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Dental Assistant  

A computer displays shows dental images of a patient


Dental assisting is both a challenging and a rewarding profession. Dental assistants are people who like helping others, enjoy working closely with patients and other members of the dental team, and like working with their hands. In fact, assistants frequently are relied on as the dentist’s “other set of hands.” 

There is no lack of variety in the types of tasks that dental assistants perform. They prepare equipment, materials, and instruments for patient care; perform sterilization and disinfection procedures; provide patients with instructions for dental procedures; create temporary crowns; provide coronal polishing and placement of sealants; take impressions of teeth; create study casts (molds); take and review patient medical histories; expose and develop radiographs; and perform a variety of other duties. They may also be responsible for administrative tasks, such as billing, patient verification, scheduling of various types of treatment appointments, and material inventory.

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Assistants may work in a general-practice office where a dentist provides multiple types of treatment, including restorative/operative work (fillings), prosthetics (crowns, bridges, and dentures), and perhaps some surgery. They may want to specialize for work in periodontics, oral and maxillofacial surgery, pedodontics, or orthodontics.

In the state of New Mexico, dental assistants can become certified to perform the following expanded duties: radiology (taking x-rays), coronal polishing (polishing of teeth and removal of stains), fluoride treatments (the act of placing fluoride on a patient’s teeth), and sealant placement (used to prevent decay). These certifications are obtained through the State Dental Board and are a portion of the Dental Assisting National Board Certification Exam.

The Dental Assistant program at DACC is nationally accredited by the American Dental Association, Commission on Dental Program Accreditation. It is also recognized by the New Mexico State Board of Dentistry as a continuing-education provider.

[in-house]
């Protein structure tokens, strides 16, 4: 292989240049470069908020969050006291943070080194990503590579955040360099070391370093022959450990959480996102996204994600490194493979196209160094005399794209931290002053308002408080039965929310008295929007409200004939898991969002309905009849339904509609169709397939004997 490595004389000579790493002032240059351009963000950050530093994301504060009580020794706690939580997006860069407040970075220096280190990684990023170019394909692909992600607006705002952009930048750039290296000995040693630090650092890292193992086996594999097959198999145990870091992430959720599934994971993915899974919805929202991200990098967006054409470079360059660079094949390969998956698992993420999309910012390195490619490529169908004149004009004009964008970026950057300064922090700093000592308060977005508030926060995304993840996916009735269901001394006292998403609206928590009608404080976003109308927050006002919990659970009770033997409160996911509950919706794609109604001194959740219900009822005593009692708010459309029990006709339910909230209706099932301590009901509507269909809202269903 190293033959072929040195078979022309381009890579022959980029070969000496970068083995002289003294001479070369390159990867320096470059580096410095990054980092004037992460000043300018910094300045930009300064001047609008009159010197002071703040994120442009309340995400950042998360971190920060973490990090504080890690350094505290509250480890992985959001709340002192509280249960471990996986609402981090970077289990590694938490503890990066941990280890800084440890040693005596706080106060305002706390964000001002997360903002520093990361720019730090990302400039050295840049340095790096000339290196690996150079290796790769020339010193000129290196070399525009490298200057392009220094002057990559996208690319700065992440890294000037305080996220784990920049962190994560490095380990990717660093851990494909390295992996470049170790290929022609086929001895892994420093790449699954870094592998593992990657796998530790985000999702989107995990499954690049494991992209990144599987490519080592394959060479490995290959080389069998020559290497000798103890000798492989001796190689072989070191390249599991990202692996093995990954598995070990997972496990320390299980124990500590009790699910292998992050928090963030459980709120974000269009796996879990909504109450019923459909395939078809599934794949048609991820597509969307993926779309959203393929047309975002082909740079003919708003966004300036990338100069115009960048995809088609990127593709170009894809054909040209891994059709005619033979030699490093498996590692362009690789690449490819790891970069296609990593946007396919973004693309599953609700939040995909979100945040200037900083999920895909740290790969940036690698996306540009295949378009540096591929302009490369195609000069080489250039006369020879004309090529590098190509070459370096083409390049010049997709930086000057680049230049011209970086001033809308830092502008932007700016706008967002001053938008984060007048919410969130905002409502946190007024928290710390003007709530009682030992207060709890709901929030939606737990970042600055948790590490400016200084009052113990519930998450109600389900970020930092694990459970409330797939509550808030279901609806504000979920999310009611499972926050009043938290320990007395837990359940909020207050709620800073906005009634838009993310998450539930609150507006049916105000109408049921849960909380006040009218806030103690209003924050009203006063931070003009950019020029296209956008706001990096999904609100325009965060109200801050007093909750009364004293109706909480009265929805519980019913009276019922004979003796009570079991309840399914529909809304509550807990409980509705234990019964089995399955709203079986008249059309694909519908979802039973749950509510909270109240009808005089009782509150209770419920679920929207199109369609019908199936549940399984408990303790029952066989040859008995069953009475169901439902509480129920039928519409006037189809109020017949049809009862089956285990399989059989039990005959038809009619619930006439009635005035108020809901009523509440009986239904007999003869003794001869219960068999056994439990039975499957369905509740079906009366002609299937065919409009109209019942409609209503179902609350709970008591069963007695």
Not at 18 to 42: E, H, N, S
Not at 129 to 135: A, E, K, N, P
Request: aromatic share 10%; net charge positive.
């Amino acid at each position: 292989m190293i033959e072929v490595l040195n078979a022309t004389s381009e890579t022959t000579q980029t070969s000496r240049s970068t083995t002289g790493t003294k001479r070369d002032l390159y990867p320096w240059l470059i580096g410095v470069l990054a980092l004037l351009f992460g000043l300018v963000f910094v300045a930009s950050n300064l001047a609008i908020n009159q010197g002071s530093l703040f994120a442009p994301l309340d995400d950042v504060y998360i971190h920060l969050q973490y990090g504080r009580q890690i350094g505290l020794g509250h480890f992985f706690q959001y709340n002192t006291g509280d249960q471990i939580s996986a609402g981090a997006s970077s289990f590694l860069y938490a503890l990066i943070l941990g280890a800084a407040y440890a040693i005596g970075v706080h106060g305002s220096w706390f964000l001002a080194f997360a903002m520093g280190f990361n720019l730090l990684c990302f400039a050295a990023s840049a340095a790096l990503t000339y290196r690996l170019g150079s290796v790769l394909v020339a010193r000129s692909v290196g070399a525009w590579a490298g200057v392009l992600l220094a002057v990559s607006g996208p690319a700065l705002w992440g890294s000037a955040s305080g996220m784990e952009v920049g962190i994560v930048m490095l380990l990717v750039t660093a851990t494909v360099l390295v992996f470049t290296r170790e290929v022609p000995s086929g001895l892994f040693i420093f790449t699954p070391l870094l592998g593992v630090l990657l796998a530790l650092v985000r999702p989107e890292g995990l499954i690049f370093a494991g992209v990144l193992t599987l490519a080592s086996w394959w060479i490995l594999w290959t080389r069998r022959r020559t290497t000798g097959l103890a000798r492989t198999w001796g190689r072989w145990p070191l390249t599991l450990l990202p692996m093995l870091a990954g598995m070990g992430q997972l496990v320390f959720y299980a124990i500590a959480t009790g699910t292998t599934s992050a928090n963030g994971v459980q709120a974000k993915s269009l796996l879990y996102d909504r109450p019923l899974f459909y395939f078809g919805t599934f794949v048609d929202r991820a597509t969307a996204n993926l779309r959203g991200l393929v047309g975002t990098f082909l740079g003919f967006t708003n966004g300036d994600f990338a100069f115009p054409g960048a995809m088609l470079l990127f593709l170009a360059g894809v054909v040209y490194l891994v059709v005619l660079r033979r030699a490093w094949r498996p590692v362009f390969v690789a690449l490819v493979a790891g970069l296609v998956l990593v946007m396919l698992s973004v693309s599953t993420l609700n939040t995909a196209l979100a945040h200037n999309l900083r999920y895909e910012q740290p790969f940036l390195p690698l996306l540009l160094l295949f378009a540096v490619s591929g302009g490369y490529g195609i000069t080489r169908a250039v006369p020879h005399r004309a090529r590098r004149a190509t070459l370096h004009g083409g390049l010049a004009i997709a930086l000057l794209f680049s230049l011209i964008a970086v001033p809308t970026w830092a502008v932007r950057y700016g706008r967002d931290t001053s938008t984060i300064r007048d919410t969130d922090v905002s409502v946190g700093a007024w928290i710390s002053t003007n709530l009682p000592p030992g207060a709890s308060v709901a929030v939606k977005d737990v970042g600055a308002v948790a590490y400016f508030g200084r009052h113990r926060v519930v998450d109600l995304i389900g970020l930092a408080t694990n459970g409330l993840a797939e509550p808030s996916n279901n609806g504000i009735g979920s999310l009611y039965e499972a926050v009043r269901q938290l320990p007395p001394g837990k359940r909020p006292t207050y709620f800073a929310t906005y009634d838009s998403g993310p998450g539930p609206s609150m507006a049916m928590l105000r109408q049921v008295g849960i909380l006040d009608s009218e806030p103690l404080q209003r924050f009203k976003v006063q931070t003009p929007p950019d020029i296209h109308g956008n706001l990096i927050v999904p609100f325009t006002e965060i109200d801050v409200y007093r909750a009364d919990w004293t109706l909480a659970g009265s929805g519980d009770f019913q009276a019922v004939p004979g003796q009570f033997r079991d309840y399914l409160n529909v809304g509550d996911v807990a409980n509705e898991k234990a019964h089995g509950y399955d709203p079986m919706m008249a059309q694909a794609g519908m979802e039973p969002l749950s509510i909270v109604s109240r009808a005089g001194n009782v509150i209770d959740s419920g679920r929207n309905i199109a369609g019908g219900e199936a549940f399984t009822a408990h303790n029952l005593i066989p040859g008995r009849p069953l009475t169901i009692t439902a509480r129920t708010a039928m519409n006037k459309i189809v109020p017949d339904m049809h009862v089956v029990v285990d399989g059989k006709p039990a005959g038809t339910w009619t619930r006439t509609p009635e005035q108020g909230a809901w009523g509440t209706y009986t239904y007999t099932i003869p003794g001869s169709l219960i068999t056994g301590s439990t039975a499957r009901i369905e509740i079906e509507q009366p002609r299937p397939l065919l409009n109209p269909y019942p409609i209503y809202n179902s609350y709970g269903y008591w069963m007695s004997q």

What Dental Assistants Do

The Dental Assisting and Dental Hygiene Programs will share the educational facilities and faculty will be working to develop a variety of opportunities for students and faculty in both Programs to work and learn together.  It will be important for everyone to develop an understanding of both professions and learn about their potential contributions to the overall practice of dentistry.

The goal is to develop a true sense of teamwork, based on mutual respect for the unique and common characteristics of each profession and the special attributes of every individual involved. This will help students transition to clinical practice where the importance of each profession and each professional can be truly appreciated.

It is expected that students and faculty will develop a collegial and supportive environment for learning and working. Effective communication and teamwork are essential, especially in the early stages of this transition. One factor that will help the community recognize the importance of both professions will be to always refer to the DACC clinical facility as “the Dental Clinic” – not “the Dental Hygiene Clinic” or “the Dental Assisting Clinic”.

Faculty will work to develop opportunities outside of the professional educational curricula where students from both programs can participate. For example, students could work together at health fairs, community service projects or in fund raising activities which could be used to support professional development. If you have ideas about how to help bond the two programs please contribute your suggestions.

The DAS program combines classroom learning with hands-on practical learning. Students will learn in our campus dental clinic as well as with our contracted dental offices off-campus. All students challenge the Dental Assisting National Board Radiation Health and Safety exam during the first semester in order to begin their radiology certification process for the New Mexico Board of Dental Health Care.

The yearly employment average for graduates from the program is 98%.

Dental Assisting students have the potential to be exposed to Blood-Borne Pathogens, such as Hepatitis B, AIDS/HIV and other potentially infectious diseases. More information can be obtained in the Dental Assisting Program application and student handbook.



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